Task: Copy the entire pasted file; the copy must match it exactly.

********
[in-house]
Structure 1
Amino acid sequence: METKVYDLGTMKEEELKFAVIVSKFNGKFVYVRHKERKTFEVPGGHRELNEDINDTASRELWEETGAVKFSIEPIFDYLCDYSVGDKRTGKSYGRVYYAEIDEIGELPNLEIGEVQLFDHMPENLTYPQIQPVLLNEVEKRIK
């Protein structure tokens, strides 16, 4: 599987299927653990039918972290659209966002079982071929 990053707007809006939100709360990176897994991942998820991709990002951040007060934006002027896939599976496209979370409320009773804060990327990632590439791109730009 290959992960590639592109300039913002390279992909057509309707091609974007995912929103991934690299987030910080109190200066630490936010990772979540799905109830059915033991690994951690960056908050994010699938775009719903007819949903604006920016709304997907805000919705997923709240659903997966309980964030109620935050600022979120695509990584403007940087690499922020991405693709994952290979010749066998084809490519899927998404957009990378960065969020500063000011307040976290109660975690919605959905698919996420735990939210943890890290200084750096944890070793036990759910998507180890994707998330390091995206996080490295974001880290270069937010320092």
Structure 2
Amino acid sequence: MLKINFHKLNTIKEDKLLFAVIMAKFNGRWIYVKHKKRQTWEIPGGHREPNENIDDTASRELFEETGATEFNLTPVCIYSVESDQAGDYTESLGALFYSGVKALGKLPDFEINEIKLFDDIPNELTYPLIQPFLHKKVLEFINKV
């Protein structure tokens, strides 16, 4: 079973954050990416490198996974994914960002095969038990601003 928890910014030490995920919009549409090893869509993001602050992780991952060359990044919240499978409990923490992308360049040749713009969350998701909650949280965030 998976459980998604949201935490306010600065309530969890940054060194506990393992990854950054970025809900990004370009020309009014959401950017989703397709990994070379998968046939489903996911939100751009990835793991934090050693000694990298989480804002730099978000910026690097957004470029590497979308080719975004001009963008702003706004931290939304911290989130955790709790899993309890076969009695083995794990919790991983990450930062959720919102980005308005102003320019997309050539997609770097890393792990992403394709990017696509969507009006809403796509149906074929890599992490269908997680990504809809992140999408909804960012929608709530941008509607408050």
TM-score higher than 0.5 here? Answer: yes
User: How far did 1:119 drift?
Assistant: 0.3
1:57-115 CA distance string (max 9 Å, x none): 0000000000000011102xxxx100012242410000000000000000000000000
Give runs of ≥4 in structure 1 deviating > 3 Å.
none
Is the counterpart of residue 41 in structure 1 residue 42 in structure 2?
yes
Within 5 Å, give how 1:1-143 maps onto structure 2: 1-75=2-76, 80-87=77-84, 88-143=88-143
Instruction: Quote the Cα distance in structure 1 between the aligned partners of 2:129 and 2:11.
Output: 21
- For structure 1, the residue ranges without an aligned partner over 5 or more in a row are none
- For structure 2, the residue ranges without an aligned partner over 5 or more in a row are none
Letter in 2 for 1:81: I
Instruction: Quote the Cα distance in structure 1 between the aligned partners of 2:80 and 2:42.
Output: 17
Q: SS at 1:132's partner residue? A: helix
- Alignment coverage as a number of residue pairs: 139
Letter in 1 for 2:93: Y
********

[in-house]
Structure 1
Amino acid sequence: METKVYDLGTMKEEELKFAVIVSKFNGKFVYVRHKERKTFEVPGGHRELNEDINDTASRELWEETGAVKFSIEPIFDYLCDYSVGDKRTGKSYGRVYYAEIDEIGELPNLEIGEVQLFDHMPENLTYPQIQPVLLNEVEKRIK
């Protein structure tokens, strides 16, 4: 599987299927653990039918972290659209966002079982071929 990053707007809006939100709360990176897994991942998820991709990002951040007060934006002027896939599976496209979370409320009773804060990327990632590439791109730009 290959992960590639592109300039913002390279992909057509309707091609974007995912929103991934690299987030910080109190200066630490936010990772979540799905109830059915033991690994951690960056908050994010699938775009719903007819949903604006920016709304997907805000919705997923709240659903997966309980964030109620935050600022979120695509990584403007940087690499922020991405693709994952290979010749066998084809490519899927998404957009990378960065969020500063000011307040976290109660975690919605959905698919996420735990939210943890890290200084750096944890070793036990759910998507180890994707998330390091995206996080490295974001880290270069937010320092």
Structure 2
Amino acid sequence: MLKINFHKLNTIKEDKLLFAVIMAKFNGRWIYVKHKKRQTWEIPGGHREPNENIDDTASRELFEETGATEFNLTPVCIYSVESDQAGDYTESLGALFYSGVKALGKLPDFEINEIKLFDDIPNELTYPLIQPFLHKKVLEFINKV
């Protein structure tokens, strides 16, 4: 079973954050990416490198996974994914960002095969038990601003 928890910014030490995920919009549409090893869509993001602050992780991952060359990044919240499978409990923490992308360049040749713009969350998701909650949280965030 998976459980998604949201935490306010600065309530969890940054060194506990393992990854950054970025809900990004370009020309009014959401950017989703397709990994070379998968046939489903996911939100751009990835793991934090050693000694990298989480804002730099978000910026690097957004470029590497979308080719975004001009963008702003706004931290939304911290989130955790709790899993309890076969009695083995794990919790991983990450930062959720919102980005308005102003320019997309050539997609770097890393792990992403394709990017696509969507009006809403796509149906074929890599992490269908997680990504809809992140999408909804960012929608709530941008509607408050």
TM-score higher than 0.5 here? Answer: yes
User: How far did 1:119 drift?
Assistant: 0.3
1:57-115 CA distance string (max 9 Å, x none): 0000000000000011102xxxx100012242410000000000000000000000000
Give runs of ≥4 in structure 1 deviating > 3 Å.
none
Is the counterpart of residue 41 in structure 1 residue 42 in structure 2?
yes
Within 5 Å, give how 1:1-143 maps onto structure 2: 1-75=2-76, 80-87=77-84, 88-143=88-143
Instruction: Quote the Cα distance in structure 1 between the aligned partners of 2:129 and 2:11.
Output: 21
- For structure 1, the residue ranges without an aligned partner over 5 or more in a row are none
- For structure 2, the residue ranges without an aligned partner over 5 or more in a row are none
Letter in 2 for 1:81: I
Instruction: Quote the Cα distance in structure 1 between the aligned partners of 2:80 and 2:42.
Output: 17
Q: SS at 1:132's partner residue? A: helix
- Alignment coverage as a number of residue pairs: 139
Letter in 1 for 2:93: Y